Using this technique, the 289 words I've written of the story, can become four hundred or more, but never overdo description. If your protagonist is walking or driving through a town or city, go easy on the travelogue, unless you are trying to write a fictional guidebook, which already sounds non-fictional.

Too much descriptive narrative becomes an obvious attempt to add to the word count. You will not fool your readers. Keep your characters anchored in place with just enough detail, but always remember it’s the plot and characterization (action and reaction) that tells the story.

The wife in my example faces a conundrum. Should she confront her husband? Should she follow him or be certain she is at the location and well hidden when he arrives for his rendezvous?

She's not about to call the police and perhaps feels nervous about confrontation. That might produce an unwanted result, like his denial, or even anger that she looked at his private papers. We know he is secretive.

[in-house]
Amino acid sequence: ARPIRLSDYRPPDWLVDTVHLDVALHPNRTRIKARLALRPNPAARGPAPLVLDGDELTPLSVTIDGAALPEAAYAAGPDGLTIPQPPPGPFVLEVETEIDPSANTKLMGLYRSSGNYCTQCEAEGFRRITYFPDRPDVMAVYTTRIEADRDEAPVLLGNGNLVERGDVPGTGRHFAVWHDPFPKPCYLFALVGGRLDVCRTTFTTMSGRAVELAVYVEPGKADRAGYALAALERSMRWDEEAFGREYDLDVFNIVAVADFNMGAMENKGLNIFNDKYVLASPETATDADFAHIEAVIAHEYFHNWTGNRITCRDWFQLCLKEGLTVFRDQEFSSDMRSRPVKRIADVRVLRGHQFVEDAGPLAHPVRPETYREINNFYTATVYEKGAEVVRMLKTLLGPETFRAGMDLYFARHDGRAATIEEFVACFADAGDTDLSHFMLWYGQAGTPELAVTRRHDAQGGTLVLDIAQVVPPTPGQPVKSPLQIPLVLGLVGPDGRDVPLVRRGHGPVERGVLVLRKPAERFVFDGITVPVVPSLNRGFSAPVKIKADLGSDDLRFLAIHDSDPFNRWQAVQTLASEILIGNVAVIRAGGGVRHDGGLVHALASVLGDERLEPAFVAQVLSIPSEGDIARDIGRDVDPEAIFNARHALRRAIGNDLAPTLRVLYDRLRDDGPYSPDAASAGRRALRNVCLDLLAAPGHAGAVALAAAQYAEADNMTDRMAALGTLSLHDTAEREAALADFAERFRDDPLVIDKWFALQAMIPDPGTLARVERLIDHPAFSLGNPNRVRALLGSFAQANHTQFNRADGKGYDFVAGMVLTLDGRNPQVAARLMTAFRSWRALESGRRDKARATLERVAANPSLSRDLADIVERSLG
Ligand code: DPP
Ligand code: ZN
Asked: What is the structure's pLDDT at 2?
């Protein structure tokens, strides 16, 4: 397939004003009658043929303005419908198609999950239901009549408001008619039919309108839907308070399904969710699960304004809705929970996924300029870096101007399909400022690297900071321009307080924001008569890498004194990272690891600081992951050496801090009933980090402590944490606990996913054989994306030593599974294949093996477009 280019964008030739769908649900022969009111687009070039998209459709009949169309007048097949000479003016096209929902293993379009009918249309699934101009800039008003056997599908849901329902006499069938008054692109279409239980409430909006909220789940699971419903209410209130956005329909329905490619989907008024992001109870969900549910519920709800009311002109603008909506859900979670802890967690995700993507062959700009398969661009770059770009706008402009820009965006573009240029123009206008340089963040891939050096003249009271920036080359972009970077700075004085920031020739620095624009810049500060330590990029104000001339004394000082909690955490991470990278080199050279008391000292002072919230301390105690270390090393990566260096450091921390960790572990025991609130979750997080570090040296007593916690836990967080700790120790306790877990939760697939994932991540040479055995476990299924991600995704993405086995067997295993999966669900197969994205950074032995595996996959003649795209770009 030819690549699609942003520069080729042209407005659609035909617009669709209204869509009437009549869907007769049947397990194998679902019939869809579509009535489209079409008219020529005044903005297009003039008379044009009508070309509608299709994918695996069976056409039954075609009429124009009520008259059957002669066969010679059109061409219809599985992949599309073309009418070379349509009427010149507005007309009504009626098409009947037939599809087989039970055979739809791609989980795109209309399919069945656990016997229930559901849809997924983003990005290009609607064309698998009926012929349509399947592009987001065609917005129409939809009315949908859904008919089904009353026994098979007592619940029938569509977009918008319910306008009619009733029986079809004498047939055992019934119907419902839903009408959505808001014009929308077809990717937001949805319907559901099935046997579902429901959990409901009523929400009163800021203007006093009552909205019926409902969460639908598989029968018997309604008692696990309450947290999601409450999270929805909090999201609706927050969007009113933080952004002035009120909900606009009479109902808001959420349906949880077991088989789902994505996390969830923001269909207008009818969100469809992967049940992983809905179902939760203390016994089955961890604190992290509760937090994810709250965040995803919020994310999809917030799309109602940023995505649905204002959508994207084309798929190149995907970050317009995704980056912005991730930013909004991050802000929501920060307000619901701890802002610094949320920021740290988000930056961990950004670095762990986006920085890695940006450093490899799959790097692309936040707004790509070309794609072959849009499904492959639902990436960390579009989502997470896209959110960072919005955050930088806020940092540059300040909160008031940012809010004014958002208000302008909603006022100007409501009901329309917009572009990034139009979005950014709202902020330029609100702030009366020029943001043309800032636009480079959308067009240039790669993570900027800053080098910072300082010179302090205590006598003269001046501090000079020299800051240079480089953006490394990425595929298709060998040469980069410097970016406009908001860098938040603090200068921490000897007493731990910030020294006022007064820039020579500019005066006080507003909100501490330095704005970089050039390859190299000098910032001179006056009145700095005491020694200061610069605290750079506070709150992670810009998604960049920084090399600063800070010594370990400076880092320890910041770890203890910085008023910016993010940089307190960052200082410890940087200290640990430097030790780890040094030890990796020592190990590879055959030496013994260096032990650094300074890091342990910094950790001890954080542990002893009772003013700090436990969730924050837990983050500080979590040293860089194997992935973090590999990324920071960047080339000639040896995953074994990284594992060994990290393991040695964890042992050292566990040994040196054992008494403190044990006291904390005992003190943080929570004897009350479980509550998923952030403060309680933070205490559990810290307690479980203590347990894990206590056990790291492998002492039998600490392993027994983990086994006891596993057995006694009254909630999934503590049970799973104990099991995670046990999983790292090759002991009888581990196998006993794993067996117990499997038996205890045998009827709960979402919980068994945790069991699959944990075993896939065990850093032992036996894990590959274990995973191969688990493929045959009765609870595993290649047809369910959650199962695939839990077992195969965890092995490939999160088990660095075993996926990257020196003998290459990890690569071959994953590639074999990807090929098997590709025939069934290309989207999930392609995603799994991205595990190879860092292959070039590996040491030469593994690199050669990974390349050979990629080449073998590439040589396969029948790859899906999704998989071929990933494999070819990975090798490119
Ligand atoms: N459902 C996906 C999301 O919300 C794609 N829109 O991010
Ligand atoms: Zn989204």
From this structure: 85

In my opinion, her logical choice is to do nothing or be on site when he arrives to meet the man who wrote the note. We also know she is curious, so it is quite plausible that she will spy on him to assuage her concern.

The writer now has several excellent options. The man he meets might assault her husband, or the two men might plan a crime, or discuss how to cover up a crime. The husband might kill the other man. Whichever, the wife will discover that her husband is not the man she believed him to be (character development).

I understand that this is a well-used plot, but that does not mean it cannot be used again as long as the story does not read like any other developed from a similar plot device.

Regardless of how the plot develops, the writer must weave in ideas and clues from the start of the story. Make the blood smear important in the men's discussion. Ultimately, that should help define the story's conclusion.

Finally, the story must end by answering any questions that the plot presented, and add a nice nasty twist if possible.

Next, I'll write a first draft of the story.